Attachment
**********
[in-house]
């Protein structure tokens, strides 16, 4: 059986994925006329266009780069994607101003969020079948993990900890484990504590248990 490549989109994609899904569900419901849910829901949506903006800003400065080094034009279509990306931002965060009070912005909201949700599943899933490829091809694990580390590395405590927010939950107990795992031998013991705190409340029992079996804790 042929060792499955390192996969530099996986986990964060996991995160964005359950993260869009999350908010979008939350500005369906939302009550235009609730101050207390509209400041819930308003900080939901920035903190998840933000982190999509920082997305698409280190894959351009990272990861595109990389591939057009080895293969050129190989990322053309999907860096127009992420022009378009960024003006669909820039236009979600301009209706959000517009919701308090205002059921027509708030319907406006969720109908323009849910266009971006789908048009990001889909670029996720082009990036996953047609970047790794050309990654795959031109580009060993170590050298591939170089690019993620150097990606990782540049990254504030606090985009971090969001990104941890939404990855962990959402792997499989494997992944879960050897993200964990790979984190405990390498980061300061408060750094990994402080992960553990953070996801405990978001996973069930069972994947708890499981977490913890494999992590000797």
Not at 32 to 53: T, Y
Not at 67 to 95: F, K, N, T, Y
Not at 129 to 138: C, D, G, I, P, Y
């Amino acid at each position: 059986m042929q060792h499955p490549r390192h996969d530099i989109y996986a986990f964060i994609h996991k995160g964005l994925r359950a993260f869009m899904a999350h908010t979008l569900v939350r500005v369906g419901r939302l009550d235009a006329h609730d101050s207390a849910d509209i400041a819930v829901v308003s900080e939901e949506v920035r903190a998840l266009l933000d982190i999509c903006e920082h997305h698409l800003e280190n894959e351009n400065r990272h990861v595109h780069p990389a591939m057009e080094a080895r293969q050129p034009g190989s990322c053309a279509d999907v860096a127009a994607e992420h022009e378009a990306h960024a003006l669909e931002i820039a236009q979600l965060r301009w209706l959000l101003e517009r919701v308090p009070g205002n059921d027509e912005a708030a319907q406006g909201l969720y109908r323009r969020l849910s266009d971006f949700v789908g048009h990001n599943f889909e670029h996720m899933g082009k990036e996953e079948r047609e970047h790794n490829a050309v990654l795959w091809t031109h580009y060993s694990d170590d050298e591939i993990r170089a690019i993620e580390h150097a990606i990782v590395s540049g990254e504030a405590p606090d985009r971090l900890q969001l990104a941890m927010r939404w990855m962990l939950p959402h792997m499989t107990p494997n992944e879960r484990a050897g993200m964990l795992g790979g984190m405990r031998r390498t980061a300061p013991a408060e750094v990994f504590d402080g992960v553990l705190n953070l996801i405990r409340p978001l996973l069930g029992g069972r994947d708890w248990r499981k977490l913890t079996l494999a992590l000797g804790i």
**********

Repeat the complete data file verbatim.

[in-house]
């Protein structure tokens, strides 16, 4: 059986994925006329266009780069994607101003969020079948993990900890484990504590248990 490549989109994609899904569900419901849910829901949506903006800003400065080094034009279509990306931002965060009070912005909201949700599943899933490829091809694990580390590395405590927010939950107990795992031998013991705190409340029992079996804790 042929060792499955390192996969530099996986986990964060996991995160964005359950993260869009999350908010979008939350500005369906939302009550235009609730101050207390509209400041819930308003900080939901920035903190998840933000982190999509920082997305698409280190894959351009990272990861595109990389591939057009080895293969050129190989990322053309999907860096127009992420022009378009960024003006669909820039236009979600301009209706959000517009919701308090205002059921027509708030319907406006969720109908323009849910266009971006789908048009990001889909670029996720082009990036996953047609970047790794050309990654795959031109580009060993170590050298591939170089690019993620150097990606990782540049990254504030606090985009971090969001990104941890939404990855962990959402792997499989494997992944879960050897993200964990790979984190405990390498980061300061408060750094990994402080992960553990953070996801405990978001996973069930069972994947708890499981977490913890494999992590000797």
Not at 32 to 53: T, Y
Not at 67 to 95: F, K, N, T, Y
Not at 129 to 138: C, D, G, I, P, Y
């Amino acid at each position: 059986m042929q060792h499955p490549r390192h996969d530099i989109y996986a986990f964060i994609h996991k995160g964005l994925r359950a993260f869009m899904a999350h908010t979008l569900v939350r500005v369906g419901r939302l009550d235009a006329h609730d101050s207390a849910d509209i400041a819930v829901v308003s900080e939901e949506v920035r903190a998840l266009l933000d982190i999509c903006e920082h997305h698409l800003e280190n894959e351009n400065r990272h990861v595109h780069p990389a591939m057009e080094a080895r293969q050129p034009g190989s990322c053309a279509d999907v860096a127009a994607e992420h022009e378009a990306h960024a003006l669909e931002i820039a236009q979600l965060r301009w209706l959000l101003e517009r919701v308090p009070g205002n059921d027509e912005a708030a319907q406006g909201l969720y109908r323009r969020l849910s266009d971006f949700v789908g048009h990001n599943f889909e670029h996720m899933g082009k990036e996953e079948r047609e970047h790794n490829a050309v990654l795959w091809t031109h580009y060993s694990d170590d050298e591939i993990r170089a690019i993620e580390h150097a990606i990782v590395s540049g990254e504030a405590p606090d985009r971090l900890q969001l990104a941890m927010r939404w990855m962990l939950p959402h792997m499989t107990p494997n992944e879960r484990a050897g993200m964990l795992g790979g984190m405990r031998r390498t980061a300061p013991a408060e750094v990994f504590d402080g992960v553990l705190n953070l996801i405990r409340p978001l996973l069930g029992g069972r994947d708890w248990r499981k977490l913890t079996l494999a992590l000797g804790i």